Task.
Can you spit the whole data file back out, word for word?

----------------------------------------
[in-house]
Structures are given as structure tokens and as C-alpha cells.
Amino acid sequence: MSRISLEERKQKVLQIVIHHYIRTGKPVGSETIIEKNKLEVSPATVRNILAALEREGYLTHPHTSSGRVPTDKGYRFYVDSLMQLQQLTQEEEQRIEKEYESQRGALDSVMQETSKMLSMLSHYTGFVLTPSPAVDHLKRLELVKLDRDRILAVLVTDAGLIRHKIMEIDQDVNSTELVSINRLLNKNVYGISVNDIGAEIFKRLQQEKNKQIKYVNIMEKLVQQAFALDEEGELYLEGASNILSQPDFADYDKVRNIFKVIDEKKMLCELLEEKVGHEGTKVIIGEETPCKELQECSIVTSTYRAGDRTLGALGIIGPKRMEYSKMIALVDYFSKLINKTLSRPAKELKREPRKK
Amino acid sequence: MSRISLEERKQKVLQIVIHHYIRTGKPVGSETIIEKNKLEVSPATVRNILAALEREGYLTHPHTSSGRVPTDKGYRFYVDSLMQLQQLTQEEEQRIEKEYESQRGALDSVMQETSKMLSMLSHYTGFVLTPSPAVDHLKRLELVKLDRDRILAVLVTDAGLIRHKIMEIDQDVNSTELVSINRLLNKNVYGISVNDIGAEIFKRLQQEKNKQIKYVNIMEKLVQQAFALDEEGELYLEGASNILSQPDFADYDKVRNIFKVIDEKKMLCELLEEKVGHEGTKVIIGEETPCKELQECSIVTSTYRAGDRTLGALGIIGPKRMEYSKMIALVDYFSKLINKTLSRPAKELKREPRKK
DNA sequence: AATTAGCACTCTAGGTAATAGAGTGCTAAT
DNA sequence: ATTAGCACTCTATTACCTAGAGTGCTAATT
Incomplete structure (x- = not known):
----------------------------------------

[in-house]
Structures are given as structure tokens and as C-alpha cells.
Amino acid sequence: MSRISLEERKQKVLQIVIHHYIRTGKPVGSETIIEKNKLEVSPATVRNILAALEREGYLTHPHTSSGRVPTDKGYRFYVDSLMQLQQLTQEEEQRIEKEYESQRGALDSVMQETSKMLSMLSHYTGFVLTPSPAVDHLKRLELVKLDRDRILAVLVTDAGLIRHKIMEIDQDVNSTELVSINRLLNKNVYGISVNDIGAEIFKRLQQEKNKQIKYVNIMEKLVQQAFALDEEGELYLEGASNILSQPDFADYDKVRNIFKVIDEKKMLCELLEEKVGHEGTKVIIGEETPCKELQECSIVTSTYRAGDRTLGALGIIGPKRMEYSKMIALVDYFSKLINKTLSRPAKELKREPRKK
Amino acid sequence: MSRISLEERKQKVLQIVIHHYIRTGKPVGSETIIEKNKLEVSPATVRNILAALEREGYLTHPHTSSGRVPTDKGYRFYVDSLMQLQQLTQEEEQRIEKEYESQRGALDSVMQETSKMLSMLSHYTGFVLTPSPAVDHLKRLELVKLDRDRILAVLVTDAGLIRHKIMEIDQDVNSTELVSINRLLNKNVYGISVNDIGAEIFKRLQQEKNKQIKYVNIMEKLVQQAFALDEEGELYLEGASNILSQPDFADYDKVRNIFKVIDEKKMLCELLEEKVGHEGTKVIIGEETPCKELQECSIVTSTYRAGDRTLGALGIIGPKRMEYSKMIALVDYFSKLINKTLSRPAKELKREPRKK
DNA sequence: AATTAGCACTCTAGGTAATAGAGTGCTAAT
DNA sequence: ATTAGCACTCTATTACCTAGAGTGCTAATT
Incomplete structure (x- = not known):